Carrie Underwood Records Song for ‘Narnia’ Movie; Norah Jones’ “Creepin’ In” with Dolly Parton; Carter’s Chord’s Christmas Collection

Brody Vercher | November 18th, 2010

  • Carrie Underwood co-wrote a new song titled “There’s a Place For Us” for the upcoming film The Chronicles of Narnia: The Voyage of the Dawn Treader. Stream it, if you’d like, over at NashvilleGab.
  • Am I still allowed to mention The Fabulous Ginn Sisters on a country blog? They mention a change in sound from countryish to rock, and Fred Eaglesmith may have played a role:

    According to Britani, Eaglesmith’s production of Bad Girl brought crucial veteran expertise to the Ginns’ evolving sound, while Tiffani points out that touring with Eaglesmith for two years didn’t hurt.

    “We were on the road with Fred, playing with a rock & roll band every night while continuing to write music,” explains Tiffani. “We didn’t plan to make an album; we went to just record some songs. Once we went in, we didn’t finish until the record was done.

    The Austin Chronicle‘s Raoul Hernandez gave the result three-and-a-half stars.

  • Carter’s Chord released a new Christmas EP on Tuesday. (Amazon | iTunes) (via That Nashville Sound)
  • Farce the Music provided an upclose look at Jennifer Nettles‘ tattoo.
  • American Songwriter‘s Matt Popkin rated the new album from The Secret Sisters four stars.
  • She’s known as a lot of different things to a lot of different people, but it’s for her book program, The Imagination Library, that Dolly Parton received the title of “The Book Lady.” The program distributes one free book a month to every child from birth to age 5 in more than a thousand communities across the country. Nashville Scene has more details, including an interview with Parton.
  • Jamey Johnson signed on to open Kid Rock‘s Born Free tour.
  • When Bob Lefsetz likes something, he really likes it, which is the case for Keith Urban‘s new record Get Closer.

    I almost couldn’t make it all the way through, I needed to write and tell you how good “Georgia Woods” is. If you’re the kind of person who loves rock music, who nodded his head to the Marshall Tucker Band, who likes to move his whole body with the groove of the track, this is for you!

    And about halfway through, Keith starts to wail…and yes, he can wail. This is not a case of studio fakery. I’ve seen this guy live. He can wring the notes out. He hits every one. And, unlike Brad Paisley, the material is not sophomoric, it doesn’t make you wince, it’s more than serviceable, it’s really good!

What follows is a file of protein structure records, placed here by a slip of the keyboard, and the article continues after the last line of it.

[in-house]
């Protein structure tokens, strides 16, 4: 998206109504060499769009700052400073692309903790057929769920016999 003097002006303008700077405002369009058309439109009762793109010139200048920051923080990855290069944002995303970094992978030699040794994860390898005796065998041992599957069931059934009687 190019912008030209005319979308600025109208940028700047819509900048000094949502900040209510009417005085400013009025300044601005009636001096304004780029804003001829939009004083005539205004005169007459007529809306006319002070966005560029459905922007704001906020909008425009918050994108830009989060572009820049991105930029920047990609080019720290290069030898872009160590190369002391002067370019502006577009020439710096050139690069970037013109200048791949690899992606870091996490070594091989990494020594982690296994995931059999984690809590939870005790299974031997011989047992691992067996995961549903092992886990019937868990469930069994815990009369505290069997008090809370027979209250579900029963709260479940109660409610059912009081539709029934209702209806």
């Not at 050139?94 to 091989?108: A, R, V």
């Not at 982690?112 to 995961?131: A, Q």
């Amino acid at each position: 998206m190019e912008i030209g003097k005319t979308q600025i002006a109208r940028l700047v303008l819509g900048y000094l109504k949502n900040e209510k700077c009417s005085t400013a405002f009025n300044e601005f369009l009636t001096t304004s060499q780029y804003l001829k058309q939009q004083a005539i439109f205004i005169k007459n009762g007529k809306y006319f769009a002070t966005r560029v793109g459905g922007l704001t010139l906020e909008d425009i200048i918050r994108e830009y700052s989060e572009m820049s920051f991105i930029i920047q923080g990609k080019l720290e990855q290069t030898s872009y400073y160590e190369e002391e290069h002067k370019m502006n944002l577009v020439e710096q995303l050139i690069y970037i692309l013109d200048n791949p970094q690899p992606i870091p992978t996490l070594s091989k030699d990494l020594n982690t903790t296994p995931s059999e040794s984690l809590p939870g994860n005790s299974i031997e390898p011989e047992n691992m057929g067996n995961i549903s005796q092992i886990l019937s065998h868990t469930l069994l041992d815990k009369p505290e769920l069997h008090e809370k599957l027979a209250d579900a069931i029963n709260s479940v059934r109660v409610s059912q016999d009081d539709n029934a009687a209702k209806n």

• Congrats to Ken Morton Jr. and That Nashville Sound for reaching the 2,000 posts milestone.
  • Rascal Flatts performed an exclusive live set for The Yahoo! Country Music Blog.
  • Since retiring from touring as one-half of Brooks & Dunn, Kix Brooks has taken up acting. His first part is in an independent film by the name of Thriftstore Cowboy.

    “It’s a pretty cool movie,” he said. “Kinda like a darker version of Urban Cowboy. I’m [playing] a bad guy–he’s not all bad in the end, but he’s hooked up with some really bad guys and he’s trying to hang with them.”

  • Enough money was raised using Kickstarter to fund the production of a DVD for Charlie Louvin.
  • Enjoy two-stepping honky-tonk with a rebellious edge? The Austin Chronicle‘s Jim Caligiuri says the new Whitey Morgan and the 78‘s self-titled Bloodshot Records debut is for you.
  • On Tuesday, Norah Jones released an 18-song collection of collaborations from the past decade, including duets with Dolly Parton and Willie Nelson. Here’s a promo video for the duet with Parton on the song “Creepin’ In.” Here’s a full album stream. And here’s a link to purchase the album on Amazon.
  1. Drew
    November 18, 2010 at 11:54 am

    Bob Lefsetz needs to get lost. Pretty much everything I read by him I disagree with. And he makes it even more aggravating with the matter-of-fact arrogant writing style he has.

  2. Noeller
    November 18, 2010 at 11:59 am

    I’m kinda-sorta a Kid Rock (KMFR) fanboi, in the sense that I feel he’s really under-appreciated and I’m kinda-sorta hoping that Jamey Johnson being the opening act on this tour will open a few more eyes as to the true talent Bob Ritchie really is. I’d kill for them to bring this tour north of the border!

  3. Jon
    November 18, 2010 at 12:02 pm

    Bob Lefsetz needs to get lost. Pretty much everything I read by him I disagree with.

    So why should he get lost rather than you? I mean, if one assumes that anyone has to get lost in the first place…

  4. Nelson
    November 18, 2010 at 12:27 pm

    Another bogus songwriting credit for Underwood {SIGH}

  5. Rick
    November 18, 2010 at 12:29 pm

    I agree with Drew on this one. Bob Lefsetz is an arrogant blowhard whether people like what he writes or not. [Edited for off-topic political commentary.]

    I do like the new album from The Secret Sisters but don’t care for the production approach at all! It seems like the producer was going for an old timey sound and instead left the album sounding dull and lifeless. Properly produced with a clear, upfront sound (like say Sunny Sweeney’s “Heartbreakers Hall of Fame”) I would rate this album at least 4 Stars, but as it stands I’d rank it 3 Stars or less. They sound much better live than on this album.

    PS – Angaleena Presley was a delight on last night’s Music City Roots. She doesn’t have much of a singing voice, but she writes fine songs and her stage banter is top notch humorous stuff. She sang a song based upon a phrase she heard her parents use while she was growing up “The Only Thing Open At 3 AM Is Somebody’s Legs”. (lol)

  6. Jon
    November 18, 2010 at 1:28 pm